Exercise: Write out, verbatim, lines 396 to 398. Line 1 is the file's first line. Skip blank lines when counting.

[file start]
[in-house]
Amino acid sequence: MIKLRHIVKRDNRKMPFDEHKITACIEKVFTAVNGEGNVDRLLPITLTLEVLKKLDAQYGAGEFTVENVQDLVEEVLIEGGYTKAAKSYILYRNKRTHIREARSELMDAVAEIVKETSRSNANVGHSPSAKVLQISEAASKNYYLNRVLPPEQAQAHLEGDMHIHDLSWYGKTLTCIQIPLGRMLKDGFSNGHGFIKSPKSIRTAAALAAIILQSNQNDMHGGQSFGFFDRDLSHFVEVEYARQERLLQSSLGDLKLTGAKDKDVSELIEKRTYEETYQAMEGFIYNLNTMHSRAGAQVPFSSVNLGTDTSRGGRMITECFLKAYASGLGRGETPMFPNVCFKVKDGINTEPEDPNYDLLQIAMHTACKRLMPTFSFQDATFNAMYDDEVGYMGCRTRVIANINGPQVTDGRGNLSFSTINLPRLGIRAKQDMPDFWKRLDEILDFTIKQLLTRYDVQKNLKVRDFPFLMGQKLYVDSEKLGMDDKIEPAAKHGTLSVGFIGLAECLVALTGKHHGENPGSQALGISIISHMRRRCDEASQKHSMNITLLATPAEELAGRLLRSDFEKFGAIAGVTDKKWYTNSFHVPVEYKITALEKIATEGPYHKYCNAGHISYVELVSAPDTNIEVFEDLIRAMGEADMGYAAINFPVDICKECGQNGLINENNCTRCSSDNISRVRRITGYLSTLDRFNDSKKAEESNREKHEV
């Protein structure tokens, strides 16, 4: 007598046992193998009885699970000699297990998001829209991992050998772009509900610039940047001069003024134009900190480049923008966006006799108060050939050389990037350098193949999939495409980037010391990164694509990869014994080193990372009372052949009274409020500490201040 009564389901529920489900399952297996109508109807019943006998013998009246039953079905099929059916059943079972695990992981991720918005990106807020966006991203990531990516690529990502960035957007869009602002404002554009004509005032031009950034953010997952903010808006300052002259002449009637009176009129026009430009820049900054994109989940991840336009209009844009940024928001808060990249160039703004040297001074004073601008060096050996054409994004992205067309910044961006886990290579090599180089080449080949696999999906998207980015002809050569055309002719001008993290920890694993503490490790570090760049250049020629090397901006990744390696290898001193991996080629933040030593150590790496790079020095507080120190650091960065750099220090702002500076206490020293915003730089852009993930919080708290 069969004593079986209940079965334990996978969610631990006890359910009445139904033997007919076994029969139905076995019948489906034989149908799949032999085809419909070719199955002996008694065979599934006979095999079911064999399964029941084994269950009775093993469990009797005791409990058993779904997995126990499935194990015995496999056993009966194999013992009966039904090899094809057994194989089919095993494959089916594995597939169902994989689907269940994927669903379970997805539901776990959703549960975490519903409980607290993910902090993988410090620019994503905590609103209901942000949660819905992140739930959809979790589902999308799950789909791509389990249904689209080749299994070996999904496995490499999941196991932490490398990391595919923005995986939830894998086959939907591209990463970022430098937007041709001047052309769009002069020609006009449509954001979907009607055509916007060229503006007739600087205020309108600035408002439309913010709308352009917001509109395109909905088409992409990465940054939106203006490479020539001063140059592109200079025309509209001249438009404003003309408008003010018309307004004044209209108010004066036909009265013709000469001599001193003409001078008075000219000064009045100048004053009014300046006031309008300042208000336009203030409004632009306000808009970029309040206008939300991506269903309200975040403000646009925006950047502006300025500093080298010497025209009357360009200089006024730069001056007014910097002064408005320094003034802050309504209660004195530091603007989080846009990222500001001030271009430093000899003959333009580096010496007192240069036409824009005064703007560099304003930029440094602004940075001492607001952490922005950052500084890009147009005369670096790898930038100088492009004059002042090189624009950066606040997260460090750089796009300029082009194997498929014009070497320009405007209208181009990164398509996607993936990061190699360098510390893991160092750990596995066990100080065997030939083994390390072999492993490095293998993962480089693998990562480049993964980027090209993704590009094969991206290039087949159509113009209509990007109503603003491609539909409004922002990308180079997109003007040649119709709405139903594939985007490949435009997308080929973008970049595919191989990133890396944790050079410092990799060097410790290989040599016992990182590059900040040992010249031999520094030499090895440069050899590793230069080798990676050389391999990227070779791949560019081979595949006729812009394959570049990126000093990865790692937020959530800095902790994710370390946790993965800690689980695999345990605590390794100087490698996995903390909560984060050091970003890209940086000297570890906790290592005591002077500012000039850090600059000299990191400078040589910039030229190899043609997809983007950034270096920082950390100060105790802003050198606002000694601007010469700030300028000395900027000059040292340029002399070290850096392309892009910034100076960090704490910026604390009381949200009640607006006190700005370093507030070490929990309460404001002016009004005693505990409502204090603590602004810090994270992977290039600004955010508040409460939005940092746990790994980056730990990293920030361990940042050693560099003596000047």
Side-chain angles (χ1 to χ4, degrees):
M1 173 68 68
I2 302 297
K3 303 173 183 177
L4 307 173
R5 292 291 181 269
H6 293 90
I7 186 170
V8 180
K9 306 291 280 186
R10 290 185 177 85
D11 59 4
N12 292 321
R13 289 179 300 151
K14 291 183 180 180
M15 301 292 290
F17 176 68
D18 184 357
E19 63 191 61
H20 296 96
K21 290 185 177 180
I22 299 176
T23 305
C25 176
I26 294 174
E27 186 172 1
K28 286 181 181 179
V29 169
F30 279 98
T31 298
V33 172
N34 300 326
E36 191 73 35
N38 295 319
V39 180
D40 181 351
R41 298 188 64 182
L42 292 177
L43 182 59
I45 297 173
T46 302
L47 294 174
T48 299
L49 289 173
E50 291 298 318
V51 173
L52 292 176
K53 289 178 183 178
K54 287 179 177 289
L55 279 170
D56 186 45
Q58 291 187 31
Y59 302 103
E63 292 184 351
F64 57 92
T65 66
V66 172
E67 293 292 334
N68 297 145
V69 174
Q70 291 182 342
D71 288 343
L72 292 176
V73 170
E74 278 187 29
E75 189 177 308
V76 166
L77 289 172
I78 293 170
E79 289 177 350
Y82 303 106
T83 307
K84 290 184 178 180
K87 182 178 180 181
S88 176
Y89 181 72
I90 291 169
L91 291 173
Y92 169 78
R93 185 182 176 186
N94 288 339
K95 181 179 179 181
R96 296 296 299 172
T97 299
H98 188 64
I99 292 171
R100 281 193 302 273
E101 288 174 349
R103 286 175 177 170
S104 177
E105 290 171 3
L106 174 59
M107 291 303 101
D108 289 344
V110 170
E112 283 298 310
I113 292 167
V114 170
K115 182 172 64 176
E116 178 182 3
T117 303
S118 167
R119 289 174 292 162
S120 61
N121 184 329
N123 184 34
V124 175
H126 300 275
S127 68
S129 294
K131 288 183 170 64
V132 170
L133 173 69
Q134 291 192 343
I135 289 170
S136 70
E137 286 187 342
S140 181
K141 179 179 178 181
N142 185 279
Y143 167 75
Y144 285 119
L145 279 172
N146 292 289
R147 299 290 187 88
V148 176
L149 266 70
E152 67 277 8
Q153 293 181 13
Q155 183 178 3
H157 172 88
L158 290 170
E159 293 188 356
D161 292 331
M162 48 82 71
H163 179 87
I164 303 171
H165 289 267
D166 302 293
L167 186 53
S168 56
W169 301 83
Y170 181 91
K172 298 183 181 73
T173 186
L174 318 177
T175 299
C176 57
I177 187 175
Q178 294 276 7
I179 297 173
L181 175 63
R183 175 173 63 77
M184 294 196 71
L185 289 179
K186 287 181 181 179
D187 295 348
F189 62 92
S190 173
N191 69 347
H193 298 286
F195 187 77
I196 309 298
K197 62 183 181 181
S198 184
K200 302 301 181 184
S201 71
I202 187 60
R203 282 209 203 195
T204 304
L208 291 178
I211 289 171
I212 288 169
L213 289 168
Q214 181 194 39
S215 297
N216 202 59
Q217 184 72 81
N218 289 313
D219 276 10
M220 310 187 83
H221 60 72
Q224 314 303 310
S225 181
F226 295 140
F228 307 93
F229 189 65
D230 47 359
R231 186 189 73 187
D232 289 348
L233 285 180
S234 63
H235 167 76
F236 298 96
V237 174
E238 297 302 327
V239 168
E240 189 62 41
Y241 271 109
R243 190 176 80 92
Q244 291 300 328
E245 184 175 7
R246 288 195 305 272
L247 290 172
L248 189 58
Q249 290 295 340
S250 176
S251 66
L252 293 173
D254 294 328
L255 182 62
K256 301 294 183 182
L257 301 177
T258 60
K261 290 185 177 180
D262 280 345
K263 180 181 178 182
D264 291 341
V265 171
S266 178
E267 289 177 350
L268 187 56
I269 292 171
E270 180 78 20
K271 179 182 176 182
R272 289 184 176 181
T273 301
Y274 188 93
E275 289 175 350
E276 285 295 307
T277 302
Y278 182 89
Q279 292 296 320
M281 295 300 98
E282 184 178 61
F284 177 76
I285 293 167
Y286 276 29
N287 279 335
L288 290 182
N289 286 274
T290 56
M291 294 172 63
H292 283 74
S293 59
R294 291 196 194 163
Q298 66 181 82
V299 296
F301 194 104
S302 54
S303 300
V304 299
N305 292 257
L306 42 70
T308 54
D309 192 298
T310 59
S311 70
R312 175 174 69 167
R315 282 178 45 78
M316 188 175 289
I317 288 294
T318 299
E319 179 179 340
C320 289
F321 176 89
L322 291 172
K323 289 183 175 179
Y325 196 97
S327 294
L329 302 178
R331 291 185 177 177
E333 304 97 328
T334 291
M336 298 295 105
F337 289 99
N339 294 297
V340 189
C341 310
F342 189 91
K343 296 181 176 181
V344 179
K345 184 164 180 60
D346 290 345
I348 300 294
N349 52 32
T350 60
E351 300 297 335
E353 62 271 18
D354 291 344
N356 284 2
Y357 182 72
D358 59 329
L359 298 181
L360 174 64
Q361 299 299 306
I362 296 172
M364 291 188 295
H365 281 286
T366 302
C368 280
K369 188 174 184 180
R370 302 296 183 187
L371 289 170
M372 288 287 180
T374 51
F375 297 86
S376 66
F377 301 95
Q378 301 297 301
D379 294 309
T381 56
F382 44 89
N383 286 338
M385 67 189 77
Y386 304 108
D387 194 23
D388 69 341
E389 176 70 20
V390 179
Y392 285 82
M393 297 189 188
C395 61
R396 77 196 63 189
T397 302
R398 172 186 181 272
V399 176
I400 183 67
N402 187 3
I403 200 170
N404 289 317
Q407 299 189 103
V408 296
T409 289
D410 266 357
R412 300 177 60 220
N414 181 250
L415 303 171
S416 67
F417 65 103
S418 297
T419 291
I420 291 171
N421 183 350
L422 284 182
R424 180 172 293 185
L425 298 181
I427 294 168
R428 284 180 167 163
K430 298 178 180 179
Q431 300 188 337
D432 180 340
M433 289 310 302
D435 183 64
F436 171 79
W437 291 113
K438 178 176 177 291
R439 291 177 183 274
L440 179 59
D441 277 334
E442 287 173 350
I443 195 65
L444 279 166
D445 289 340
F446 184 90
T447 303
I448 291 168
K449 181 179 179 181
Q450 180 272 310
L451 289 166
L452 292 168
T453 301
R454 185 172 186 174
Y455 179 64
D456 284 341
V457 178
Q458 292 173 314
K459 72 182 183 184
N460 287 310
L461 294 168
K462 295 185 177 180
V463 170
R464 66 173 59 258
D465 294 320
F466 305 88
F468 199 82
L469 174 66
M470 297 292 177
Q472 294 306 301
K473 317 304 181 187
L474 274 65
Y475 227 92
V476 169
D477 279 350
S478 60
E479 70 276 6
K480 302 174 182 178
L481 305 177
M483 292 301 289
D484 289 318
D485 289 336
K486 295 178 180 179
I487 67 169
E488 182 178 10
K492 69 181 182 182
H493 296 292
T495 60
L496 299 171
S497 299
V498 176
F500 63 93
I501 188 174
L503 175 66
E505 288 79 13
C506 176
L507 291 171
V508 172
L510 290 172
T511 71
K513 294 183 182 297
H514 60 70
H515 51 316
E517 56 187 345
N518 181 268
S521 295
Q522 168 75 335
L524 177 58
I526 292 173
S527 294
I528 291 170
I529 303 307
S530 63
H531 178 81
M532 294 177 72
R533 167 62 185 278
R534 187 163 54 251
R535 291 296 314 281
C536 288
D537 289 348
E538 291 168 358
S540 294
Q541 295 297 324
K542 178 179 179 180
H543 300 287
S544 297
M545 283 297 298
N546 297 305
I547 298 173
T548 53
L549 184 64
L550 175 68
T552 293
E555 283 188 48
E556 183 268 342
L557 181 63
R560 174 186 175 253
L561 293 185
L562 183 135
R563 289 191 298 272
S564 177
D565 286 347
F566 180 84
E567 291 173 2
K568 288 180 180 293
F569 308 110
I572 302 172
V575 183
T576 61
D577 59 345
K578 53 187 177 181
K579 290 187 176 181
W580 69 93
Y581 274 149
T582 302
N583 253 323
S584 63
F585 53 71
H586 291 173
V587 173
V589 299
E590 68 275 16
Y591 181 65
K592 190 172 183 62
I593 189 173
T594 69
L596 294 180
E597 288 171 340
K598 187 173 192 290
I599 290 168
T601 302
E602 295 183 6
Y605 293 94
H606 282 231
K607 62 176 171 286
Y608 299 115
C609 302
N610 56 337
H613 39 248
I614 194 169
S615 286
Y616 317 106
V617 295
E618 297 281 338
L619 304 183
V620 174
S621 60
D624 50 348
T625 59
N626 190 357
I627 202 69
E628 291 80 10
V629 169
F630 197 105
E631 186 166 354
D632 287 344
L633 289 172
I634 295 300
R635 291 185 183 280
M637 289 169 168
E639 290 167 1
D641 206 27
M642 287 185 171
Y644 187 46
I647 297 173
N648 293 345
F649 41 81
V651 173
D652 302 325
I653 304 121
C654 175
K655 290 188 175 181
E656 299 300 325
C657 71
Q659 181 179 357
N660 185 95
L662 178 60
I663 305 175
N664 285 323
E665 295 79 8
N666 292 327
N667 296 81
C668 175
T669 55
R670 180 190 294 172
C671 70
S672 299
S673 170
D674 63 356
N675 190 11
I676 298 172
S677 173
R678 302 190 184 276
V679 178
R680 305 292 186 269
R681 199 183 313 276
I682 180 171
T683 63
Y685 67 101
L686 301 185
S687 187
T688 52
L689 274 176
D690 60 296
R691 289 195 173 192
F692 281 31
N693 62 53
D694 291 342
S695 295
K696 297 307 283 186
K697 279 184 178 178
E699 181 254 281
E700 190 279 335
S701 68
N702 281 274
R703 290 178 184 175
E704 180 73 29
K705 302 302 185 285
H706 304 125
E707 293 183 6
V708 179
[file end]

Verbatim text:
V476 169
D477 279 350
S478 60